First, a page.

11 Mar 1917 1150 3N Sopwith Pup (N6175) Albatros C (Out of Control) Bapaume
17 Mar 1917 1050 3N Sopwith Pup (N6175) Albatros D.III (Out of Control) Pronville
08 Apr 1917 1510 3N Sopwith Pup (N6169) Albatros D.III (Out of Control) NE of Pronville
21 Apr 1917 1730 3N Sopwith Pup (N6169) Albatros D.III (Out of Control) Cagnicourt
24 Apr 1917 1650 3N Sopwith Pup (N6169) DFW C (Captured) 1 Morchies

The following extracts are taken Travers memoirs published in ‘Cross Country’ by Hothersall & Travers, 1990:
11 March: Offensive Patrol. Vaux Hermies-Pronville-Baupaume. Shot down 2-seater Albatros near Hermies. Forced down 1-seater Albatros near Pronville. Fired 120 rounds into another 2 seater Albatros. Scraped with A90 nr Bapaume.”
17 March: “Offensive Patrol. Shot down Albatros Scout, Pronville. Shot observer in Type L 2-seater Bapaume & 2 other small fights.”
8 April: “Escort to Bombers B.E.’s nr. Pronville. Attacked by 3 H.A., shot down Albatros.”
21 April: “O.P. Many H.A.. Shot Albatros Sct. & one other scrap nr. Coqueville.”
24 April: “O.P. Attacked 2-seater D.F.W. Casey, myself &Malone brought him down in our lines near Doignies.”
Promoted to the rank of Acting Flight Commander on 7 May 1917, Travers undertook North Sea ‘spider-web’ anti-submarine patrols. Promoted further to Acting Squadron Commander when officer in command of 11 Squadron, Travers became Major of a renumbered 211 Sqn., R.A.F. on 1 Apr 1918. A final entry of note is 26 May 1918: “To locate missing machine. Le Mesurier. Landed on old Furnes’ drome and phoned A.A. Battery.” A few hours later, Le Mesurier was safe and sound and Travers record: “Returned to Squadron.”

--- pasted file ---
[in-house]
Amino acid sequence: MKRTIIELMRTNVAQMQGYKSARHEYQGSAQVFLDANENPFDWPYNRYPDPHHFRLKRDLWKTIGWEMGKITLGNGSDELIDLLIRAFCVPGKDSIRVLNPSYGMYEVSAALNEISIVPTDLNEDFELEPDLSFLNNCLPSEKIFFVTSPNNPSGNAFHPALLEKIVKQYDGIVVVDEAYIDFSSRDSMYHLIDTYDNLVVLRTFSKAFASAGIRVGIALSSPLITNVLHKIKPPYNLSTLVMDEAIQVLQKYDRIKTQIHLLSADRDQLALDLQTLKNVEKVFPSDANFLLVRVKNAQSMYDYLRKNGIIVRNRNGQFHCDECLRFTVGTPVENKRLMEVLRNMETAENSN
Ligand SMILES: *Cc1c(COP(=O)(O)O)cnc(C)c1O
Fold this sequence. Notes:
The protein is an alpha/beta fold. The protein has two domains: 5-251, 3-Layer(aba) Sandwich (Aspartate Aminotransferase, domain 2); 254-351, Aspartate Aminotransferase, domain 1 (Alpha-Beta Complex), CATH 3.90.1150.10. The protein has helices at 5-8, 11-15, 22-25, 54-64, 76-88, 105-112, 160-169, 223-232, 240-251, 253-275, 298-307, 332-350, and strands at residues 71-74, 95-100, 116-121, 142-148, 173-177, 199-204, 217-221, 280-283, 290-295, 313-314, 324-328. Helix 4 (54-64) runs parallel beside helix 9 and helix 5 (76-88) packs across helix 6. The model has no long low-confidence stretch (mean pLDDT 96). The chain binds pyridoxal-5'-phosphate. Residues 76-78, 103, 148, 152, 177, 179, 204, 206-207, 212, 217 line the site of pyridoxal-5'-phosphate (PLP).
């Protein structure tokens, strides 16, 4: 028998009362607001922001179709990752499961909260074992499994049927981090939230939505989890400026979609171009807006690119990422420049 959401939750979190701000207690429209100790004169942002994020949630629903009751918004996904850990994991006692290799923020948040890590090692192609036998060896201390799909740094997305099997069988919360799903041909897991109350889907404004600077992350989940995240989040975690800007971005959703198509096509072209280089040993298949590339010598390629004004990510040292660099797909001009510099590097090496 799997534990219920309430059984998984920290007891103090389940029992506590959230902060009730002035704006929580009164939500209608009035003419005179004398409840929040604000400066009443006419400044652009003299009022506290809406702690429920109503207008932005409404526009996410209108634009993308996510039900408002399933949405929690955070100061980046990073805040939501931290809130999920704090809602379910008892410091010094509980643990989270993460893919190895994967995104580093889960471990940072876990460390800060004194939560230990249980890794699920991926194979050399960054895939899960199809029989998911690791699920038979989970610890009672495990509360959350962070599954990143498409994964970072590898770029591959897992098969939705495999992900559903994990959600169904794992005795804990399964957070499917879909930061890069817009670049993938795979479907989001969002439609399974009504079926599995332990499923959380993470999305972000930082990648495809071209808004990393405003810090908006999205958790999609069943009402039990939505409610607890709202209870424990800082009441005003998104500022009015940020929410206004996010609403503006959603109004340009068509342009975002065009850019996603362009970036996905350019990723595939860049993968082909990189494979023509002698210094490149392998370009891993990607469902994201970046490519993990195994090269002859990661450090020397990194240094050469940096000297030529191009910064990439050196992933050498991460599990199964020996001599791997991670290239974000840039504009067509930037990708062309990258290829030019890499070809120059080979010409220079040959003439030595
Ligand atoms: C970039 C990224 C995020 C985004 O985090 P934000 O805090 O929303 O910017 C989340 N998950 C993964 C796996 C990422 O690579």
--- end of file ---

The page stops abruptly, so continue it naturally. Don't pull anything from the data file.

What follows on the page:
Transferred to the unemployed list on 24 August 1919. After the war, Travers became a test pilot and flew seaplanes for Blackburn Aeroplane & Manufacturing Company, at Athens, Greece, from 1926 to 1928. He then became a pilot instructor for several British flying clubs, including the London Aeroplane Club until 1933. In 1934 he was a pilot for the National Air Display and an airline pilot with Spartan Airlines, Imperial Airways, and British Airways from 1935 to 1938. During World War II, Travers returned to service with the Royal Air Force as a Flight Lieutenant, Administration and Special Duties. He was Mentioned in Despatches on 1 Jan 1941, helping a stricken aircraft to navigate over Abingdon. Travers is quoted as saying: “I saved the country forty thousand pounds one dark night and the country always likes it when anyone saves them money...”

After WWII, Travers remained on the emergency list of the RAFVR, finally relinquishing his commission on 10 Feb 1954, retaining the rank of Squadron Leader. Herbert Travers' two brothers, James Lindsay Travers (1883-1924) and Charles Tindal Travers (1898-1969), were also pilots. An engineer, James Travers graduated in 1906 and worked in the nascent British aviation industry designing, building, and test flying aeroplanes until he was killed in a crash in 1924.  Travers married Hermia Fraser on 6 August 1919 at Ryton, Shropshire. Hermia had served as an ambulance driver for the Voluntary Aid Detachment during WWI, when she met Travers.